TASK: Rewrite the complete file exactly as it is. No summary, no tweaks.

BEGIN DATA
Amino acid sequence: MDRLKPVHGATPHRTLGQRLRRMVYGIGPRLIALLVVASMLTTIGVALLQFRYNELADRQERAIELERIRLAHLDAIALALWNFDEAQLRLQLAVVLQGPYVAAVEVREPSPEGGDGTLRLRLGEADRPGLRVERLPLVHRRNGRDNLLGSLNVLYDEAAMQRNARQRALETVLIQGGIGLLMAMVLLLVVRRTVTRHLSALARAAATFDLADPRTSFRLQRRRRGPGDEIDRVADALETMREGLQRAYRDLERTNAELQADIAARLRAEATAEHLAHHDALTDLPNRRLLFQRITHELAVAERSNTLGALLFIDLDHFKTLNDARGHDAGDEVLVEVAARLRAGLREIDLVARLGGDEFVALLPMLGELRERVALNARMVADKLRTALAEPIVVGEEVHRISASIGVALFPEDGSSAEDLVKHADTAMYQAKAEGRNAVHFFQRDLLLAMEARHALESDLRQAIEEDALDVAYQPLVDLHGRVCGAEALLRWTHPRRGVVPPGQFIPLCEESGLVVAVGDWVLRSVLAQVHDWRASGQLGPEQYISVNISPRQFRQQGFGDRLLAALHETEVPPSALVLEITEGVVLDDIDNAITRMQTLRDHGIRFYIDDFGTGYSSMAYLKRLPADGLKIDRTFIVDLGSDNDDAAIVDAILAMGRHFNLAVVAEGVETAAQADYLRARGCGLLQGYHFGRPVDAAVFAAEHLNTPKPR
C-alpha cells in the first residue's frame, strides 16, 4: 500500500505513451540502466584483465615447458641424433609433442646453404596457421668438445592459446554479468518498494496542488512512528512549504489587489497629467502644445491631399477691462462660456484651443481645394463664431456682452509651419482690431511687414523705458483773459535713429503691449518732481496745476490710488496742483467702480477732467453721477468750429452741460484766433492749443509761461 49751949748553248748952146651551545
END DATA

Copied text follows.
Amino acid sequence: MDRLKPVHGATPHRTLGQRLRRMVYGIGPRLIALLVVASMLTTIGVALLQFRYNELADRQERAIELERIRLAHLDAIALALWNFDEAQLRLQLAVVLQGPYVAAVEVREPSPEGGDGTLRLRLGEADRPGLRVERLPLVHRRNGRDNLLGSLNVLYDEAAMQRNARQRALETVLIQGGIGLLMAMVLLLVVRRTVTRHLSALARAAATFDLADPRTSFRLQRRRRGPGDEIDRVADALETMREGLQRAYRDLERTNAELQADIAARLRAEATAEHLAHHDALTDLPNRRLLFQRITHELAVAERSNTLGALLFIDLDHFKTLNDARGHDAGDEVLVEVAARLRAGLREIDLVARLGGDEFVALLPMLGELRERVALNARMVADKLRTALAEPIVVGEEVHRISASIGVALFPEDGSSAEDLVKHADTAMYQAKAEGRNAVHFFQRDLLLAMEARHALESDLRQAIEEDALDVAYQPLVDLHGRVCGAEALLRWTHPRRGVVPPGQFIPLCEESGLVVAVGDWVLRSVLAQVHDWRASGQLGPEQYISVNISPRQFRQQGFGDRLLAALHETEVPPSALVLEITEGVVLDDIDNAITRMQTLRDHGIRFYIDDFGTGYSSMAYLKRLPADGLKIDRTFIVDLGSDNDDAAIVDAILAMGRHFNLAVVAEGVETAAQADYLRARGCGLLQGYHFGRPVDAAVFAAEHLNTPKPR
C-alpha cells in the first residue's frame, strides 16, 4: 500500500505513451540502466584483465615447458641424433609433442646453404596457421668438445592459446554479468518498494496542488512512528512549504489587489497629467502644445491631399477691462462660456484651443481645394463664431456682452509651419482690431511687414523705458483773459535713429503691449518732481496745476490710488496742483467702480477732467453721477468750429452741460484766433492749443509761461 49751949748553248748952146651551545